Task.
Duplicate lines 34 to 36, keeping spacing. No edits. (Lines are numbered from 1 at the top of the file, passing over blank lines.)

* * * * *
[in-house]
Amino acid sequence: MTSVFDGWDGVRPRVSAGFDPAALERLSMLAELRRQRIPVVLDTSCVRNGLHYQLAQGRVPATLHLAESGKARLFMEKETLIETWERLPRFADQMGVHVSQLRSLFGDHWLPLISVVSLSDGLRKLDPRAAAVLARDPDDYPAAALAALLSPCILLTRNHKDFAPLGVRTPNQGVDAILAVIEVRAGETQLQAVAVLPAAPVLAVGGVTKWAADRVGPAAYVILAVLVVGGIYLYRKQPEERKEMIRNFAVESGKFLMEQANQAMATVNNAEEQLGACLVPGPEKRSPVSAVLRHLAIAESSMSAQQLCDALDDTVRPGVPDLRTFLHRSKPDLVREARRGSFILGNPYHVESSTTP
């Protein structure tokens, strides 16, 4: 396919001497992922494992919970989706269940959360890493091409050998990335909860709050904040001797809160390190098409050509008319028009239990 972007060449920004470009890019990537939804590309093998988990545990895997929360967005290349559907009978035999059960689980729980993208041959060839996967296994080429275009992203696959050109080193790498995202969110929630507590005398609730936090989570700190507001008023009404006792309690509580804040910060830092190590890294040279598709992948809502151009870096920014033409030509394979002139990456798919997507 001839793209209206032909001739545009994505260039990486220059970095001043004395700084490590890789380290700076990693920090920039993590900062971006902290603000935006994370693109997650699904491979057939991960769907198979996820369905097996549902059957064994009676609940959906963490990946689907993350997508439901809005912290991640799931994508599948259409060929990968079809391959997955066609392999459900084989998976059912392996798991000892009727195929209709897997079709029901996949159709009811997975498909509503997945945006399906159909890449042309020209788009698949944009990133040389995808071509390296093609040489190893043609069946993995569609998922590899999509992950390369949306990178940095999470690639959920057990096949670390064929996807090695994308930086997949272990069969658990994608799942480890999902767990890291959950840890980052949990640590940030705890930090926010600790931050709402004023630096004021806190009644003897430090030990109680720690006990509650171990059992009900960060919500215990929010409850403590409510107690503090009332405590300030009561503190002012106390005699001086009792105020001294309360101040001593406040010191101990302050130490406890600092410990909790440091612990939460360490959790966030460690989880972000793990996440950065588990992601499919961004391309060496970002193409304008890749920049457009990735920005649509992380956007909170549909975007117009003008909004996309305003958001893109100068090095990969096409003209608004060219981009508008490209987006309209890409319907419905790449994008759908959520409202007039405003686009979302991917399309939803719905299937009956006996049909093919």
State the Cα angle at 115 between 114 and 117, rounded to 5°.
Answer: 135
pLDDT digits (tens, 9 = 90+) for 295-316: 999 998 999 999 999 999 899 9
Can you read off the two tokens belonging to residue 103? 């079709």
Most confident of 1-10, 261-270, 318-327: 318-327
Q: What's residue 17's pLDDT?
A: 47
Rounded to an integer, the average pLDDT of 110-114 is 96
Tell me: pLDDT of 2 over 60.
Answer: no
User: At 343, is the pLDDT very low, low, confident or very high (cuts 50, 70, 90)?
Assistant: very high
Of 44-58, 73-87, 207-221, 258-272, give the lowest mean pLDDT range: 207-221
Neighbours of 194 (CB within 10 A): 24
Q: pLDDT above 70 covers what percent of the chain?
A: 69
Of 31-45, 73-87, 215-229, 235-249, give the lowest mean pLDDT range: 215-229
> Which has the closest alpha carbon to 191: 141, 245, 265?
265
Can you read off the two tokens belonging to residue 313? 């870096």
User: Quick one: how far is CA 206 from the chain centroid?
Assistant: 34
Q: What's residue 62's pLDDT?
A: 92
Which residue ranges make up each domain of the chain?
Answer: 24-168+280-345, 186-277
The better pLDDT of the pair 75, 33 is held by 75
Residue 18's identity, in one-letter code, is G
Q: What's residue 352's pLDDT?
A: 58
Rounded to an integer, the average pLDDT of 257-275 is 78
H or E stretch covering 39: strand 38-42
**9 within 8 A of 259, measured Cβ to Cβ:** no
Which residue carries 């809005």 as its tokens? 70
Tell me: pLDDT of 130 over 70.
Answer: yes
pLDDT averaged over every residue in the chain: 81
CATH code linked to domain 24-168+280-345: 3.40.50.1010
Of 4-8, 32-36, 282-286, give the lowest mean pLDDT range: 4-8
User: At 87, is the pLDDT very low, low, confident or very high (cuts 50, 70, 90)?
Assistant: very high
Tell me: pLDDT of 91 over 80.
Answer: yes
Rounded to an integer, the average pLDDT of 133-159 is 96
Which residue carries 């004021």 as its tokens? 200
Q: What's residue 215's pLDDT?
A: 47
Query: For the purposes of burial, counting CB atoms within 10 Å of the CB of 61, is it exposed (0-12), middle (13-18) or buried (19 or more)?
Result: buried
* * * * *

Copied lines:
Rounded to an integer, the average pLDDT of 257-275 is 78
H or E stretch covering 39: strand 38-42
**9 within 8 A of 259, measured Cβ to Cβ:** no